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Feels like a super basic question, but I can't wrap my head around it.

There is a class PriceGroup, with no constructor of whom I'm making an object of.

class SmallPortfolio{
String id;  
// all the investments (stocks) belonging to this portfolio.
List<Investment> invList = new ArrayList<Investment>(); 
}

Now in a separate class, I'm creating a SmallPortfolio object named Spor.

//
String id = InstanceID.getTextNormalize(); //this value is taken from an element from jdom.
SmallPortfolio Spor;
Spor.id = id; 
//some code that creates a list of investments
//some code that creates a list of SmallPortfolio objects

In java, how do you give a null object's field a value getting by the NullPointerException? An alternate solution would be somehow declaring a SmallPortfolio object that wasn't null.

It's a strange problem, but the test program I'm using cannot be modified and it has no constructors for SmallPortfolio.

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4 Answers

up vote 2 down vote accepted

All you need to do is initialize Spor:

SmallPortfolio Spor = new SmallPortfolio();

This will create a non-null object. Also, if you're going to be adding an id to it after each initialization, you may as well add that to the constructor. Hope that helps!

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Unless you define some constructors yourself, Java will automatically create a default no-argument constructor for you. So you can write:

SmallPortfolio smallPort = new SmallPortfolio();

However, in your case, the author of the SmallPortfolio class should probably have provided an ad-hoc constructor:

class SmallPortfolio{
    private final String id;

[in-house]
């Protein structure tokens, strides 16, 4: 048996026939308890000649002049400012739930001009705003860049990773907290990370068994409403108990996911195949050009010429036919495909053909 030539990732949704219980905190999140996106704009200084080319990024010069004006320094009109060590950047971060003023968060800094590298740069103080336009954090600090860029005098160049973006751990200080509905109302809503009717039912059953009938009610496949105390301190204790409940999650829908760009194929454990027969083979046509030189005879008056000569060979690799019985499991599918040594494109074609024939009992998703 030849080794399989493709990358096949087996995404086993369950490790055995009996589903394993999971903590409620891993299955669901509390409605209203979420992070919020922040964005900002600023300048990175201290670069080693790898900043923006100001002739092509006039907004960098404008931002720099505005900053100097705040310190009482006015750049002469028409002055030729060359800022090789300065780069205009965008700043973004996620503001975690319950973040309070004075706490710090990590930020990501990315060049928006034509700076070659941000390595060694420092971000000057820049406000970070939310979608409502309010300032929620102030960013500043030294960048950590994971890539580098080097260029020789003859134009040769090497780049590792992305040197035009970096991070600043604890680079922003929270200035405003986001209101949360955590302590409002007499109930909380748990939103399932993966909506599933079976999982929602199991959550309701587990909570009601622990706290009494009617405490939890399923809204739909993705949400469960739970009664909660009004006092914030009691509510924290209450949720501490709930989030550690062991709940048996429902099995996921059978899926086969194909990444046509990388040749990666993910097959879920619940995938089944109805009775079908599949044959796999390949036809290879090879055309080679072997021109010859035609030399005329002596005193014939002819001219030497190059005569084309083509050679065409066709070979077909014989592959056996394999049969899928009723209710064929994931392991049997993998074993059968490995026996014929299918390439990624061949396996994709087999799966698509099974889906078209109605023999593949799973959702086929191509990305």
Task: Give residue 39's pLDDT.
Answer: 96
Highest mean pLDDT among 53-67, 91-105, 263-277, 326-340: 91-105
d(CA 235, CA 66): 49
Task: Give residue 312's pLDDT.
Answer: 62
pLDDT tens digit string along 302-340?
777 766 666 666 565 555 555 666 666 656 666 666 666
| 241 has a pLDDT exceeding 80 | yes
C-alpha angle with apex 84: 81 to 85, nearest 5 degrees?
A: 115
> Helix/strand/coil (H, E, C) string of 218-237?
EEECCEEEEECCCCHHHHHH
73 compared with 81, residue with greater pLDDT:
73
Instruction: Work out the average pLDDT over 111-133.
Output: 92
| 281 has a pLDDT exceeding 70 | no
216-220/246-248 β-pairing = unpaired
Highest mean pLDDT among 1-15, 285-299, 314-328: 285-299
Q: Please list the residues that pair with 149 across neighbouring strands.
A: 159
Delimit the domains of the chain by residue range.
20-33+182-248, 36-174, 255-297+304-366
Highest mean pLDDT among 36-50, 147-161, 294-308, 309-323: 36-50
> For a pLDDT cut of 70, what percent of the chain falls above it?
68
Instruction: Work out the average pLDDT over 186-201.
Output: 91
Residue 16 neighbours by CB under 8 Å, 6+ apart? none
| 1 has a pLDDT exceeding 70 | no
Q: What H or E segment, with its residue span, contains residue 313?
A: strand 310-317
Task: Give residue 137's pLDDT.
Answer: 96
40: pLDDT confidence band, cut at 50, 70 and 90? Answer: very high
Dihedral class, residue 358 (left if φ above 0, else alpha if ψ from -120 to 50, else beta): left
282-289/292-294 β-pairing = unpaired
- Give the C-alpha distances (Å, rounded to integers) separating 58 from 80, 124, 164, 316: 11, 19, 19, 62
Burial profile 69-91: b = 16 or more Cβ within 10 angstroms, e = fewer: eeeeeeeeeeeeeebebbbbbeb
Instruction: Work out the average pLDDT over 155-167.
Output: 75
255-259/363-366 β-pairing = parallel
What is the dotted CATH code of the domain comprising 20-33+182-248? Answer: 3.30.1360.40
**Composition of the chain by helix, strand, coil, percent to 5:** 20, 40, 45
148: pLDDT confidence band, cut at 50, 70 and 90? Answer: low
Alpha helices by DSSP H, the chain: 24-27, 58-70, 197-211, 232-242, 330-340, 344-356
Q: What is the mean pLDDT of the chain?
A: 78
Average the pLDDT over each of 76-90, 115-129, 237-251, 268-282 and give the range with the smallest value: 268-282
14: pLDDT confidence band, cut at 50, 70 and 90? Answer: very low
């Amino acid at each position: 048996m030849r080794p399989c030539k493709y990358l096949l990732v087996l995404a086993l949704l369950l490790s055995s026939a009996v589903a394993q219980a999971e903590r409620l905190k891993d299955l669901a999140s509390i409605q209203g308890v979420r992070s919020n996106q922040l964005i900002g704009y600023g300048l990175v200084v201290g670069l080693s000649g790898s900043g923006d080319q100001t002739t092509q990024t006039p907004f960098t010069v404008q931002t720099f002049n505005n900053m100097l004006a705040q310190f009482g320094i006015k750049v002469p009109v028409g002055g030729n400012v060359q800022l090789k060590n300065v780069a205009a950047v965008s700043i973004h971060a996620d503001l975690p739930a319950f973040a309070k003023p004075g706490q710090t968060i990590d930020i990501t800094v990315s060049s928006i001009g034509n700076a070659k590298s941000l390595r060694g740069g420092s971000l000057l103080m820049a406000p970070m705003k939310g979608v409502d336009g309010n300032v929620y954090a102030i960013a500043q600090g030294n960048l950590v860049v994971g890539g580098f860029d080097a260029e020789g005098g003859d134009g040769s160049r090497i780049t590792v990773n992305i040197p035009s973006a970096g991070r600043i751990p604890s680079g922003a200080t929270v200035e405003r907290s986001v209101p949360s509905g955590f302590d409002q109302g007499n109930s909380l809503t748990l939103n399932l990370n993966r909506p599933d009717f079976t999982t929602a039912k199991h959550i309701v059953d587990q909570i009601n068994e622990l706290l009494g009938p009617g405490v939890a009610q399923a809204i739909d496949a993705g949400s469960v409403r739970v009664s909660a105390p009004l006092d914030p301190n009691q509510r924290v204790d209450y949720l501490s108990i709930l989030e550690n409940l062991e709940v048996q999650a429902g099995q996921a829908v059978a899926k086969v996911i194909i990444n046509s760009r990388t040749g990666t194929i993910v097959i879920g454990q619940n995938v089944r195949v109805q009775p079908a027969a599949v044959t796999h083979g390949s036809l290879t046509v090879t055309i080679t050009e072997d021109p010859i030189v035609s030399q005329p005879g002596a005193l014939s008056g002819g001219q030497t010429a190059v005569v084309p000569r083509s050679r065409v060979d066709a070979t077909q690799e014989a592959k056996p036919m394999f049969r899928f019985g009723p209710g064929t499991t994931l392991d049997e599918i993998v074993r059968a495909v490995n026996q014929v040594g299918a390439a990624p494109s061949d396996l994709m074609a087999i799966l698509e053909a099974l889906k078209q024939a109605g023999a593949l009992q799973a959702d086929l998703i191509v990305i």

// all the investments (stocks) belonging to this portfolio.
    private final List<Investment> investments = new ArrayList<Investment>(); 

    public SmallPortfolio(String id) {
        this.id = id;
    }

    //getters + methods to add / remove investments
}
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Spor is never initialized:

SmallPortfolio Spor;

replace with:

SmallPortfolio Spor = new SmallPortfolio();
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Question is a bit unclear, but if you are asking if you can assign fields or call methods on the null object, then, no, you cannot. You need to have (or make) an instance of your class.

 SmallPortfolio Spor = new SmallPortfolio();
 Spor.id = id; 

The code you have shown above should not even compile, because you have not assigned a value (not even null) to Spor. (If you do assign null, you'll get a runtime nullpointer exception).

If the confusion was how to make an object when there is no constructor: In this case, there is one, because if the Java code does not specify any constructor (but only then), there is an automatic default constructor that does not need arguments.

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The code given will compile if these are field declarations rather than local variable declarations. –  Jon Skeet Nov 11 '12 at 8:11
    
@JonSkeet: That is correct. However, the third line (Spor.id = id;) cannot be used outside of a block, and while the first line (String id = InstanceID.getTextNormalize();) is possible for a field declaration, it also looks like it is not. –  Thilo Nov 11 '12 at 8:24
    
Good catch - hadn't seen that bit. (It doesn't help that the OP's terminology is very confused: "how do you give a null object's field a value" suggests they could do with significant lessons on variables, values, references, objects etc...) –  Jon Skeet Nov 11 '12 at 8:25
    
True that. The whole first part of my answer is probably completely unrelated to what OP really wanted to ask (the default constructor). –  Thilo Nov 11 '12 at 8:32
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